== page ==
FIG. 8A shows a cross-sectional view of an uninflated air bag cushion of the present invention, such as could be constructed from the panel arrangement of FIG. 7, showing an overlap, as defined herein, wherein substantially all of the folded portion of the larger panel is lapped onto the overside of the smaller panel, thereby maximizing the lapped panel portion, as defined herein.

FIG. 8B shows a cross-sectional view of an uninflated air bag cushion of the present invention, such as could be constructed from the panel arrangement of FIG. 7, showing an overlap, as defined herein, wherein only a portion of the folded portion of the larger panel is lapped onto the overside of the smaller panel, thereby reducing the lapped panel portion depicted in FIG. 8A.

FIG. 9 shows an uninflated air bag cushion of the present invention having an underlapped seam area, wherein the folded portion of the larger panel is secured to the underside of the smaller panel, such that the lapped panel portions are hidden from view.

FIG. 10 shows a cross-sectional view of the uninflated air bag cushion of FIG. 9, showing an underlap, as defined herein, wherein the folded portion of the larger panel is secured to the underside of the smaller panel.

DETAILED DESCRIPTION

Turning now to the drawings, FIG. 1 shows generally an air bag 10 for use in conjunction with an air bag system comprising an inflator 12 to protect a vehicle driver 14 from impacting against a steering wheel 16 in the event of a collision. The air bag 10 may be stored conventionally, i.e., in folded form within the central column of steering wheel 16, prior to deployment. For purposes of exposition, the panel that faces the driver following inflation shall be referred to as the front or face panel, and the panel that, following deployment, faces the steering wheel of the vehicle shall be referred to as the back or rear panel. As will be appreciated by those of skill in the art, suitable holes may be cut in the rear panel for the introduction and venting of the inflation media, with the location and size of the inflator and vent holes being determined by conventional design criteria. Furthermore, hub configurations, including size and number of doublers, heat shields, reinforcements, or other features known to those skilled in the art may be used in accordance with conventional teachings.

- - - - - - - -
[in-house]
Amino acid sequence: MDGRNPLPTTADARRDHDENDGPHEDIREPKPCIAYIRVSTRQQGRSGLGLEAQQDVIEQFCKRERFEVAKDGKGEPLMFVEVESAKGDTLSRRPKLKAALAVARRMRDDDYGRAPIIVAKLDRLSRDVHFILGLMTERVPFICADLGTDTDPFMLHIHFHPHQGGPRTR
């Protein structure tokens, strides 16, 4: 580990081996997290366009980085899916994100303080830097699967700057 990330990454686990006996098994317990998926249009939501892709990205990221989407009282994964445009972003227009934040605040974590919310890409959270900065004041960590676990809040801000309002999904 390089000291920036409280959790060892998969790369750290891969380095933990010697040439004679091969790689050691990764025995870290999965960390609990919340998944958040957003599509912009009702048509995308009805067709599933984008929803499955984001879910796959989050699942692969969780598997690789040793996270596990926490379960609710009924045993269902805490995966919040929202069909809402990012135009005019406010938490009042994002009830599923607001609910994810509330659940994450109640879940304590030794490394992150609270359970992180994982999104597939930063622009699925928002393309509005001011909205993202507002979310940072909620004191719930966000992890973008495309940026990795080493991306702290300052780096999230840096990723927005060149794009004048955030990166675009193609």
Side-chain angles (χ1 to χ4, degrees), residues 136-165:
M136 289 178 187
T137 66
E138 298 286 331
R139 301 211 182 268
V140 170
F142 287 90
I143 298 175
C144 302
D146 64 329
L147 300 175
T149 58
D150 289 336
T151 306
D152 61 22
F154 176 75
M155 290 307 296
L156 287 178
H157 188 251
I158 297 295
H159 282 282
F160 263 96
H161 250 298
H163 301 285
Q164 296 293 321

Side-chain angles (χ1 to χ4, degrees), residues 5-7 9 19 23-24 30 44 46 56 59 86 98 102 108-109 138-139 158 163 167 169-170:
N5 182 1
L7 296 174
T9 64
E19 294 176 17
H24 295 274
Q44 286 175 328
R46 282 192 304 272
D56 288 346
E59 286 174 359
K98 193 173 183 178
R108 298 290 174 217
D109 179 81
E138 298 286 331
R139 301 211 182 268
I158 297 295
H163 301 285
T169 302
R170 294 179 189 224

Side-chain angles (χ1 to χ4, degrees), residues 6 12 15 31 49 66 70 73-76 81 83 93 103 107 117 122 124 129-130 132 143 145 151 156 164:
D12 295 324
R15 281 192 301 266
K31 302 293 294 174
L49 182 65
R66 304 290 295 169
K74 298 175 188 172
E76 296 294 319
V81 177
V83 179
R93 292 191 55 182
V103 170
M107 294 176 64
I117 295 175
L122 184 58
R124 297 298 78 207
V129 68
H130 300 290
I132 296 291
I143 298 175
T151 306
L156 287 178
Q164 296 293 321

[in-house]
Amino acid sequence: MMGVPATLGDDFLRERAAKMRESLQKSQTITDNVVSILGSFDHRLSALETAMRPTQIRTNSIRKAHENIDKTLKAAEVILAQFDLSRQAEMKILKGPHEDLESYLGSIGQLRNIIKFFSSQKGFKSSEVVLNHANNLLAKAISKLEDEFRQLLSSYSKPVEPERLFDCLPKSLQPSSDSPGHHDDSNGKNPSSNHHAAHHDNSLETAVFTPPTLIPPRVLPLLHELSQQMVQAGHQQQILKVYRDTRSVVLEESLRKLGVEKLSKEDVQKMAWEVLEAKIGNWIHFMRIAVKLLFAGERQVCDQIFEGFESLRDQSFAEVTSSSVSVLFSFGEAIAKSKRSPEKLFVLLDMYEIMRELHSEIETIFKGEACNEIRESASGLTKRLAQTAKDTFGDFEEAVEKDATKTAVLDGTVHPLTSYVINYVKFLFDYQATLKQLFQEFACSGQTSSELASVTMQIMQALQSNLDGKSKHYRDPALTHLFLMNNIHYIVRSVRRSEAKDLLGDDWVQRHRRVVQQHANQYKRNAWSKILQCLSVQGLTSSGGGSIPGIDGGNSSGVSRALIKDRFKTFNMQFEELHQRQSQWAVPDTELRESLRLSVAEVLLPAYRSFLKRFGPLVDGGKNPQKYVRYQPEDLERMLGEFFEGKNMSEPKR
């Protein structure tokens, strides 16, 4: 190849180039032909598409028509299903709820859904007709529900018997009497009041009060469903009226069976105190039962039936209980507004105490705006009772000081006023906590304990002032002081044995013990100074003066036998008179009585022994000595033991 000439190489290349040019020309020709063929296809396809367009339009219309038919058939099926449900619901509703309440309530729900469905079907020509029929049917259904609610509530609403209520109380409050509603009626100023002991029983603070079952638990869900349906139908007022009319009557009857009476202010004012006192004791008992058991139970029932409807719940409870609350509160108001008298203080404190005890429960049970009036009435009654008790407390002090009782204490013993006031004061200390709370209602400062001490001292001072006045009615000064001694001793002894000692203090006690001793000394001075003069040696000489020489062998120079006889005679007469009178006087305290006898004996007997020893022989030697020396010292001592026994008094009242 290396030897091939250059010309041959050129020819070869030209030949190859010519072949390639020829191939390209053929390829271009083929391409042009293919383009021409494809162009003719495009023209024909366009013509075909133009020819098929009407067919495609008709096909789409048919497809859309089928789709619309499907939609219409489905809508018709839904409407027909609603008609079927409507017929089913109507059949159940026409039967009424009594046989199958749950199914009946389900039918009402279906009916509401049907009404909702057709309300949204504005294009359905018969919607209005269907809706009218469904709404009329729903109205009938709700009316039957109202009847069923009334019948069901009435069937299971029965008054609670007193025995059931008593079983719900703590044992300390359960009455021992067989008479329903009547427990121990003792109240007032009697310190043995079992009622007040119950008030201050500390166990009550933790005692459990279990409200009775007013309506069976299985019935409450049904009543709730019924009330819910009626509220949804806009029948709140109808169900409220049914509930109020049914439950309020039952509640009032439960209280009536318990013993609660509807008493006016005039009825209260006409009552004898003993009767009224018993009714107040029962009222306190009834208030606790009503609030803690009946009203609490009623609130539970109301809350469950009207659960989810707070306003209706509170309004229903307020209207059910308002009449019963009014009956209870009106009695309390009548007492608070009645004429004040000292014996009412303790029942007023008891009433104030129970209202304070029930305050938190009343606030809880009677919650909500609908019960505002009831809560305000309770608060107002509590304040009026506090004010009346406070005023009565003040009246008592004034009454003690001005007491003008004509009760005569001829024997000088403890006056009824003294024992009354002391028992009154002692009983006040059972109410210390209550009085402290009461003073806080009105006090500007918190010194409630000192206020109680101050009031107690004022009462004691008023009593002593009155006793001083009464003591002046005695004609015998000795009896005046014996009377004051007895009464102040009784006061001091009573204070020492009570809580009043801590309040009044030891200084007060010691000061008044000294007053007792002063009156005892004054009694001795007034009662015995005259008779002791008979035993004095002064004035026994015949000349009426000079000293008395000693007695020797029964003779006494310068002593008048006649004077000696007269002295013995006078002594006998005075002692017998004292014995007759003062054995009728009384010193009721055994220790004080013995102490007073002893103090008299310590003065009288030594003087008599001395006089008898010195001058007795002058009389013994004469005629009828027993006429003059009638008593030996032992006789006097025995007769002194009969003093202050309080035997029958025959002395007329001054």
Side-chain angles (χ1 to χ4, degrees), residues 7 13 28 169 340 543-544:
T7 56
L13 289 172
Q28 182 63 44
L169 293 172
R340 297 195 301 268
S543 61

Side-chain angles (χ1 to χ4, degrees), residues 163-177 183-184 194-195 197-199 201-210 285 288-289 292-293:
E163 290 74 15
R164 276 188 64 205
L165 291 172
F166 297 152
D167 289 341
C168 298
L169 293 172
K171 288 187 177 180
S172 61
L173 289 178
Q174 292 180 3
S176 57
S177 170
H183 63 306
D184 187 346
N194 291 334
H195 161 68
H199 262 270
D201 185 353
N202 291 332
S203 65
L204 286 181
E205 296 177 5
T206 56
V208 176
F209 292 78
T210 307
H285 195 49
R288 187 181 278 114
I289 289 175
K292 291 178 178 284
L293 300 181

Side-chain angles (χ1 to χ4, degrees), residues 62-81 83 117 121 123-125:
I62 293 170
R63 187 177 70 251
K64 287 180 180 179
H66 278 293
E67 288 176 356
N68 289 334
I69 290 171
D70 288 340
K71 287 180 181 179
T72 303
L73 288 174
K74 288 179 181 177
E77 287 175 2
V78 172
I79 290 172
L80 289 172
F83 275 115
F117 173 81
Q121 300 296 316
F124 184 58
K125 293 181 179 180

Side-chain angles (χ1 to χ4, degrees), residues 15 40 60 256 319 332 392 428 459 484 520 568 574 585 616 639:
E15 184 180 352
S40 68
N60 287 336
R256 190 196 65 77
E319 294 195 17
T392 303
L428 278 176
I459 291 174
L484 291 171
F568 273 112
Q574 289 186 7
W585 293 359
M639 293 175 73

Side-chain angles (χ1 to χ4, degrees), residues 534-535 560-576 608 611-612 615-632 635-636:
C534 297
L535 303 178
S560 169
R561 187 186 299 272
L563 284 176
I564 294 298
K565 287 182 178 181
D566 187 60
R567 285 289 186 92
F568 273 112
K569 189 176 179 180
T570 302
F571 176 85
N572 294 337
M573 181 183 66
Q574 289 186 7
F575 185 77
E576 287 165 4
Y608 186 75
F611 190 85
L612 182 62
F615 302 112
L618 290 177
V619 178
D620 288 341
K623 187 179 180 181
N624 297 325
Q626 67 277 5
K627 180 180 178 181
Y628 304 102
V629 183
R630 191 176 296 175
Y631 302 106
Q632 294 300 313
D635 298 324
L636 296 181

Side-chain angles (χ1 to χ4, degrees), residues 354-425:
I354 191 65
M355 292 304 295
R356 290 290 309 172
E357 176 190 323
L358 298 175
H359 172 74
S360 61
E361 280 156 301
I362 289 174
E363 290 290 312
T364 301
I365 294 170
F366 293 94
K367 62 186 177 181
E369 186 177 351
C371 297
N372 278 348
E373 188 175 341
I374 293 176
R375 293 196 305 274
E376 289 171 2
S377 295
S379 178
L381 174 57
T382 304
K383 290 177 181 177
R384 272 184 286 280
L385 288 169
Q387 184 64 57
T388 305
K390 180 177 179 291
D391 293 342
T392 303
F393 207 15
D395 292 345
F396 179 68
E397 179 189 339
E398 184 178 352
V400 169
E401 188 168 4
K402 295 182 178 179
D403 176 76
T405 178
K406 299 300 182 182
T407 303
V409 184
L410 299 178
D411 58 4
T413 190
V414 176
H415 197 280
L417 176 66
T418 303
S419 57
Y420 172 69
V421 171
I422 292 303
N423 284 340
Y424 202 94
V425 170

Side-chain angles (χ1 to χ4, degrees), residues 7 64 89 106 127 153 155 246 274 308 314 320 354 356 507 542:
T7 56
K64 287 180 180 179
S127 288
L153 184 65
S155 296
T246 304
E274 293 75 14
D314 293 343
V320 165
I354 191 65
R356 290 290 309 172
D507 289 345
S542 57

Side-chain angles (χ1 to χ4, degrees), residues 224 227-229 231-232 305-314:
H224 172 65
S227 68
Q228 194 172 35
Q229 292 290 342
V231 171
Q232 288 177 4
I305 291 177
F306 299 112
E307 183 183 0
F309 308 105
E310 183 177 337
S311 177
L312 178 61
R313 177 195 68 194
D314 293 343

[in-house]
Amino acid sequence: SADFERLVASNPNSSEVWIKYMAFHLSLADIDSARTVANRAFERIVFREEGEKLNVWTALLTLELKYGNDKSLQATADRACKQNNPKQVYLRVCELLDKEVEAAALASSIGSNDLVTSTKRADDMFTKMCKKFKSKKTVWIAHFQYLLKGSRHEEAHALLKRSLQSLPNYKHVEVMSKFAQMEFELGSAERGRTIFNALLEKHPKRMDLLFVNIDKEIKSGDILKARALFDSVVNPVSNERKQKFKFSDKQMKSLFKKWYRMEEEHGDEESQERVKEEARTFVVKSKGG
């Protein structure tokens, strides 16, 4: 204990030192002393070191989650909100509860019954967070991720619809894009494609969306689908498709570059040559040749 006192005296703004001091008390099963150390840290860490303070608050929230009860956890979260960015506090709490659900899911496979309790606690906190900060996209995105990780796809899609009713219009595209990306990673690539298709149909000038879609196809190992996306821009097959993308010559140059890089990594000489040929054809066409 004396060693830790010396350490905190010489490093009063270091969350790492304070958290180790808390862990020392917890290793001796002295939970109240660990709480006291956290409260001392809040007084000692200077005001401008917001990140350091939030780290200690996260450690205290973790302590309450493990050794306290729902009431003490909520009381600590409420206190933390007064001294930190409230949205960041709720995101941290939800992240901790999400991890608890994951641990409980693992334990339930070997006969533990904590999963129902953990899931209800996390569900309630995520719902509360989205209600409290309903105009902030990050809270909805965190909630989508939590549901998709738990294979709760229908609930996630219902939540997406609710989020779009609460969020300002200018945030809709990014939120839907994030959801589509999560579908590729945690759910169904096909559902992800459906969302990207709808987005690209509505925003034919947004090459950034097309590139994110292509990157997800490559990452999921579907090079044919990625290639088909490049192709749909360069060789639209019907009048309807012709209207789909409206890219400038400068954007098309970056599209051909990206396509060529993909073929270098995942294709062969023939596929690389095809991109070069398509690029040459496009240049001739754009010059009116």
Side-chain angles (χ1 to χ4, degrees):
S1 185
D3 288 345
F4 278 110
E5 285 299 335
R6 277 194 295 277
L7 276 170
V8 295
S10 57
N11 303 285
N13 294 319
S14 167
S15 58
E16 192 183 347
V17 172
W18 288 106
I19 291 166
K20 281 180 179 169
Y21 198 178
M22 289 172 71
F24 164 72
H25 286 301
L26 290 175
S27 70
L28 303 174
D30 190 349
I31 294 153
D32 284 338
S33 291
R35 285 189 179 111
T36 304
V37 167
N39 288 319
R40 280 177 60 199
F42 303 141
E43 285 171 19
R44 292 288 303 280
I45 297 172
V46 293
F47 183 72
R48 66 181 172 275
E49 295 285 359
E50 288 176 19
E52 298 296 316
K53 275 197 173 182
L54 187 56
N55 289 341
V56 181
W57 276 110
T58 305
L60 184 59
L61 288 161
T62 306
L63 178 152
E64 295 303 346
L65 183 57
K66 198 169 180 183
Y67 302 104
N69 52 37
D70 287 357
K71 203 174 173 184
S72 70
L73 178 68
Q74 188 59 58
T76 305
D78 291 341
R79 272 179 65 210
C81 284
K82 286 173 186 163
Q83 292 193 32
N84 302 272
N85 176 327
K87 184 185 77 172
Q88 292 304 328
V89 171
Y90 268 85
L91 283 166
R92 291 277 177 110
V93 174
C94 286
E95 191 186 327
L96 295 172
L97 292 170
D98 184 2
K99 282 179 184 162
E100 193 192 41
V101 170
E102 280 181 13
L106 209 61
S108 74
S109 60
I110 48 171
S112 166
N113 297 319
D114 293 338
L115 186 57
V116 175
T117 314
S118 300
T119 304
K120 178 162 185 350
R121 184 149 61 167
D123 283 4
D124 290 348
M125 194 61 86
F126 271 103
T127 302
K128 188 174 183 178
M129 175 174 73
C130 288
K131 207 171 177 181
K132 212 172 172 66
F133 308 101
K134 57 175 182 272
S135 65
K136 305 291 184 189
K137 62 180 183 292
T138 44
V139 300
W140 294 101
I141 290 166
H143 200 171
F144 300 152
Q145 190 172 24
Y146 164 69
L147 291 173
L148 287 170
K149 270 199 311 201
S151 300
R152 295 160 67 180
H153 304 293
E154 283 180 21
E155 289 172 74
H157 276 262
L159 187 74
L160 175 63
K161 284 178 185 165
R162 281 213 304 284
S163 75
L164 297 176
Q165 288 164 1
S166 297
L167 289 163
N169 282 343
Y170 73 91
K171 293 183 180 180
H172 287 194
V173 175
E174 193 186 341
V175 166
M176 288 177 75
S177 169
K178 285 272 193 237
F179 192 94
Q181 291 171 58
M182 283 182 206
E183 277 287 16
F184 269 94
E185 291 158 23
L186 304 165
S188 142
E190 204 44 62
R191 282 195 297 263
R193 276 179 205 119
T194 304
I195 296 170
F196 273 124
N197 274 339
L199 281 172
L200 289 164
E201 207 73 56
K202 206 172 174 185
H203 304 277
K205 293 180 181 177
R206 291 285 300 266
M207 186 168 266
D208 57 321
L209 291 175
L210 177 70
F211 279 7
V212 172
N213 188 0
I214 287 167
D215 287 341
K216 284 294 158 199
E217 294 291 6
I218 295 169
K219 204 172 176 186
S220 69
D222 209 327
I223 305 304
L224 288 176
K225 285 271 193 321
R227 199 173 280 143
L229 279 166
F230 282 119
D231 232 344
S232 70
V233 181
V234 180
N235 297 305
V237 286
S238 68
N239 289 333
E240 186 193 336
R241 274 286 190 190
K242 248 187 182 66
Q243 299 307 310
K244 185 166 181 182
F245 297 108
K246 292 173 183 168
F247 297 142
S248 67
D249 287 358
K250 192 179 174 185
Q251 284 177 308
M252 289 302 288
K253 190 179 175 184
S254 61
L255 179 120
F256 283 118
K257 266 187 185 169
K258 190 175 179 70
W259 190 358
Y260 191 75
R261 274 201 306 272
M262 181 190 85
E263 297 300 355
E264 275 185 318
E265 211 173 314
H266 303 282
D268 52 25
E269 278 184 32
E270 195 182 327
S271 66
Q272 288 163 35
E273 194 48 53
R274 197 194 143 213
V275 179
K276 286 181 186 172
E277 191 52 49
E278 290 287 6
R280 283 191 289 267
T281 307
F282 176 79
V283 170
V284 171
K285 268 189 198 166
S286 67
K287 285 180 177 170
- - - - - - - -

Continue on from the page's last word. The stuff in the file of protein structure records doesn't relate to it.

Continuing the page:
The air bag 10 preferably is formed from the superposition of a face panel and a similarly shaped rear panel, each of which is shaped in the form of a polygon, preferably having at least five sides, and more preferably having six or eight sides. This is in contrast to driver's side air bags that are conventionally formed from panels that are circular in shape. As shown in FIG. 2, the use of circular panels results in significant fabric waste because of the limited degree to which a plurality of circular panels 18 can be arranged in close proximity on a fabric blank 20, and otherwise referred to as inter-panel fabric. Fabric blank waste (defined herein as the fabric between the indicated panel cutout areas within fabric blank 20) that is associated with using circular panels results in a significantly higher cost for each circular finished air bag.

The fabric blank 20 may be formed from any material suitable for use in an air bag. Woven fabric constructions of nylon, polyester, or other suitable natural or polymeric materials as are well known to those skilled in the art may be preferred. Fabrics formed from nylon 6,6 may be particularly preferred. The fabrics may be coated or uncoated, and the face panel and rear panel may be cut from different types of fabric, provided their relative size (one larger than the other) and shape (same polygonal shape) are in accordance with the teachings herein. By way of example only and not limitation, the face panel may be a coated or very low permeability uncoated fabric while the rear panel is a higher permeability material so as to facilitate venting during impact.

To form the air bag 10 in accordance with the teachings of this invention, a face panel and a rear panel of different size but similar polygonal shape are separately inscribed within respective areas of a suitable fabric blank 20, as shown in FIGS. 3 and 4. FIG. 3 shows the arrangement of same-size hexagon-shaped panels 24 on a fabric blank 20, representing, for example, all face panels. FIG. 4 shows a similar arrangement of same-size octagon-shaped panels 28 on a fabric blank 20. A second fabric blank would carry a similar arrangement of somewhat larger hexagon- or octagonshaped panels, from which, for example, the rear panels may be constructed. Hexagon-shaped panels 24 may be preferred because they can be most closely aligned on the fabric blank 20, resulting in the smallest amount of fabric waste per panel, although in some cases, the fabric between adjacent panels on the blank may be used for fabricating doublers or other necessary parts, thereby making use of otherwise wasted areas of the fabric blank. Panels having seven, nine, ten, or larger number of sides may be employed, as design specifications dictate. However, it is clear that, generally as the number of sides increases beyond, say, ten, the more the resulting cut panel tends to resemble a circle, and some of the advantages of the instant invention become correspondingly diminished. For this reason, n is preferably an integer that is at least five and less than eleven; and is most preferably six or eight.